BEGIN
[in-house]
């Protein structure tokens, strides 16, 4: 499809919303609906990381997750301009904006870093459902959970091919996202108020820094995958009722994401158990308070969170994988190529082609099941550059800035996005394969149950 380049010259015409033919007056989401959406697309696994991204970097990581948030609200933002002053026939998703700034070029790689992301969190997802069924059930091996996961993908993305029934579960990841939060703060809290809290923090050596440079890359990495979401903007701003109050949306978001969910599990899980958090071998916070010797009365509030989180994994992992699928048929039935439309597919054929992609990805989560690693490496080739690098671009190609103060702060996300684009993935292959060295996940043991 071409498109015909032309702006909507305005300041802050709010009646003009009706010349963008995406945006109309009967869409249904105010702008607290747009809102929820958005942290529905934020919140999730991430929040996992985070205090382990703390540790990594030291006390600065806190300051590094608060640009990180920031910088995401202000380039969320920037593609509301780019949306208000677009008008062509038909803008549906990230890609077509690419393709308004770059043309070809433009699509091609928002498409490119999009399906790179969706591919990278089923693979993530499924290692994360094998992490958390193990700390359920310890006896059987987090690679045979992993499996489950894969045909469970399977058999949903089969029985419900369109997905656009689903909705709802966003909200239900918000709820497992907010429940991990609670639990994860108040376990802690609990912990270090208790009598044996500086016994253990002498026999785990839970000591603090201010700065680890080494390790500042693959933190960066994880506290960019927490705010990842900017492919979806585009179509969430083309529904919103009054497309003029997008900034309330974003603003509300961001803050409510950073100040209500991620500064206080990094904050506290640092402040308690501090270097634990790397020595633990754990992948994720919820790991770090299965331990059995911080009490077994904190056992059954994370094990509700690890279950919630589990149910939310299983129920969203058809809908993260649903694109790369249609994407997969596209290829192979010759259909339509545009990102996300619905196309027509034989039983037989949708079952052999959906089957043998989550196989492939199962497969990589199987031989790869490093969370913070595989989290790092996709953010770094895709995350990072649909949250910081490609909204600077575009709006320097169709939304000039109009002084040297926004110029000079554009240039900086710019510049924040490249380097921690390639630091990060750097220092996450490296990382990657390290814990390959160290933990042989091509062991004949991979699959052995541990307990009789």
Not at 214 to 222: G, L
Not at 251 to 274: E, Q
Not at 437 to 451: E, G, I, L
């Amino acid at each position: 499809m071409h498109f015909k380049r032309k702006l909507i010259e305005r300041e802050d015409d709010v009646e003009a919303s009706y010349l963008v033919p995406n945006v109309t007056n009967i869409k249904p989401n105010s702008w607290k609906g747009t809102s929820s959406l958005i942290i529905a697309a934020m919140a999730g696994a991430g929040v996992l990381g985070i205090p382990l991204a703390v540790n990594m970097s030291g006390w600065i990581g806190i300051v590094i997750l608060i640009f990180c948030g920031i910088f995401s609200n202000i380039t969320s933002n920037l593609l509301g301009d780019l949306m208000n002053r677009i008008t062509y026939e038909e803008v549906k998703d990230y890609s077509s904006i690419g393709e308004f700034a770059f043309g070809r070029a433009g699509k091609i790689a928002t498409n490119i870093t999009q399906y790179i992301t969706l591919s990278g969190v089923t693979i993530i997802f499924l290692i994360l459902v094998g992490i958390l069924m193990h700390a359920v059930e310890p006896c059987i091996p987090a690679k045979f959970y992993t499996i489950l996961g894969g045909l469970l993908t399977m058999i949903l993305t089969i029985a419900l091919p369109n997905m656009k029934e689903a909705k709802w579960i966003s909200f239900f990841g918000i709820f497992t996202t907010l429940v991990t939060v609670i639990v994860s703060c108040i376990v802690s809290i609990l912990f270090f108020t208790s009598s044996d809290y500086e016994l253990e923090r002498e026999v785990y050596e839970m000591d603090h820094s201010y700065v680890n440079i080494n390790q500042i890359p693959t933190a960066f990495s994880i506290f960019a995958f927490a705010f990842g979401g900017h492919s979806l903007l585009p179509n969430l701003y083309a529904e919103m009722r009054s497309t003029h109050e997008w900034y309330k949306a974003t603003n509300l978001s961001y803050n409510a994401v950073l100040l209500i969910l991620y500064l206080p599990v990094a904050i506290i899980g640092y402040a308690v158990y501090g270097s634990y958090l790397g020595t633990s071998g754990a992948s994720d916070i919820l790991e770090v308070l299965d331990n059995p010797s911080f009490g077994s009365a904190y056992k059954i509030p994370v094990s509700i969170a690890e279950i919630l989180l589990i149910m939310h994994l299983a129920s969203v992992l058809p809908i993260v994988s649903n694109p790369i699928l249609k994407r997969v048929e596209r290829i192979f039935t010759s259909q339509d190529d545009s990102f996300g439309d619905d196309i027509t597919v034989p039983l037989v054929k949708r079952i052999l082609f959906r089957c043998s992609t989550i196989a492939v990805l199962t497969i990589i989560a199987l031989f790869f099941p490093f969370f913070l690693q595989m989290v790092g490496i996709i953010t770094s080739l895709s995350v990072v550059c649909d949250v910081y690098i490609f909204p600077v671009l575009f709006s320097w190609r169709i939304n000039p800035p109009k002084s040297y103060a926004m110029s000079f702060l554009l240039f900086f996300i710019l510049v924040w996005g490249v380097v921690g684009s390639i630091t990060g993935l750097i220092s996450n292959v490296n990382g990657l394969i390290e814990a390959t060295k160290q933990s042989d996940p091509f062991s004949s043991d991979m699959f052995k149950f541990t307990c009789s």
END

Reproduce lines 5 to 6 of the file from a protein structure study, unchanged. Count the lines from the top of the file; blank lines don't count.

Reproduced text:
Not at 437 to 451: E, G, I, L
């Amino acid at each position: 499809m071409h498109f015909k380049r032309k702006l909507i010259e305005r300041e802050d015409d709010v009646e003009a919303s009706y010349l963008v033919p995406n945006v109309t007056n009967i869409k249904p989401n105010s702008w607290k609906g747009t809102s929820s959406l958005i942290i529905a697309a934020m919140a999730g696994a991430g929040v996992l990381g985070i205090p382990l991204a703390v540790n990594m970097s030291g006390w600065i990581g806190i300051v590094i997750l608060i640009f990180c948030g920031i910088f995401s609200n202000i380039t969320s933002n920037l593609l509301g301009d780019l949306m208000n002053r677009i008008t062509y026939e038909e803008v549906k998703d990230y890609s077509s904006i690419g393709e308004f700034a770059f043309g070809r070029a433009g699509k091609i790689a928002t498409n490119i870093t999009q399906y790179i992301t969706l591919s990278g969190v089923t693979i993530i997802f499924l290692i994360l459902v094998g992490i958390l069924m193990h700390a359920v059930e310890p006896c059987i091996p987090a690679k045979f959970y992993t499996i489950l996961g894969g045909l469970l993908t399977m058999i949903l993305t089969i029985a419900l091919p369109n997905m656009k029934e689903a909705k709802w579960i966003s909200f239900f990841g918000i709820f497992t996202t907010l429940v991990t939060v609670i639990v994860s703060c108040i376990v802690s809290i609990l912990f270090f108020t208790s009598s044996d809290y500086e016994l253990e923090r002498e026999v785990y050596e839970m000591d603090h820094s201010y700065v680890n440079i080494n390790q500042i890359p693959t933190a960066f990495s994880i506290f960019a995958f927490a705010f990842g979401g900017h492919s979806l903007l585009p179509n969430l701003y083309a529904e919103m009722r009054s497309t003029h109050e997008w900034y309330k949306a974003t603003n509300l978001s961001y803050n409510a994401v950073l100040l209500i969910l991620y500064l206080p599990v990094a904050i506290i899980g640092y402040a308690v158990y501090g270097s634990y958090l790397g020595t633990s071998g754990a992948s994720d916070i919820l790991e770090v308070l299965d331990n059995p010797s911080f009490g077994s009365a904190y056992k059954i509030p994370v094990s509700i969170a690890e279950i919630l989180l589990i149910m939310h994994l299983a129920s969203v992992l058809p809908i993260v994988s649903n694109p790369i699928l249609k994407r997969v048929e596209r290829i192979f039935t010759s259909q339509d190529d545009s990102f996300g439309d619905d196309i027509t597919v034989p039983l037989v054929k949708r079952i052999l082609f959906r089957c043998s992609t989550i196989a492939v990805l199962t497969i990589i989560a199987l031989f790869f099941p490093f969370f913070l690693q595989m989290v790092g490496i996709i953010t770094s080739l895709s995350v990072v550059c649909d949250v910081y690098i490609f909204p600077v671009l575009f709006s320097w190609r169709i939304n000039p800035p109009k002084s040297y103060a926004m110029s000079f702060l554009l240039f900086f996300i710019l510049v924040w996005g490249v380097v921690g684009s390639i630091t990060g993935l750097i220092s996450n292959v490296n990382g990657l394969i390290e814990a390959t060295k160290q933990s042989d996940p091509f062991s004949s043991d991979m699959f052995k149950f541990t307990c009789s």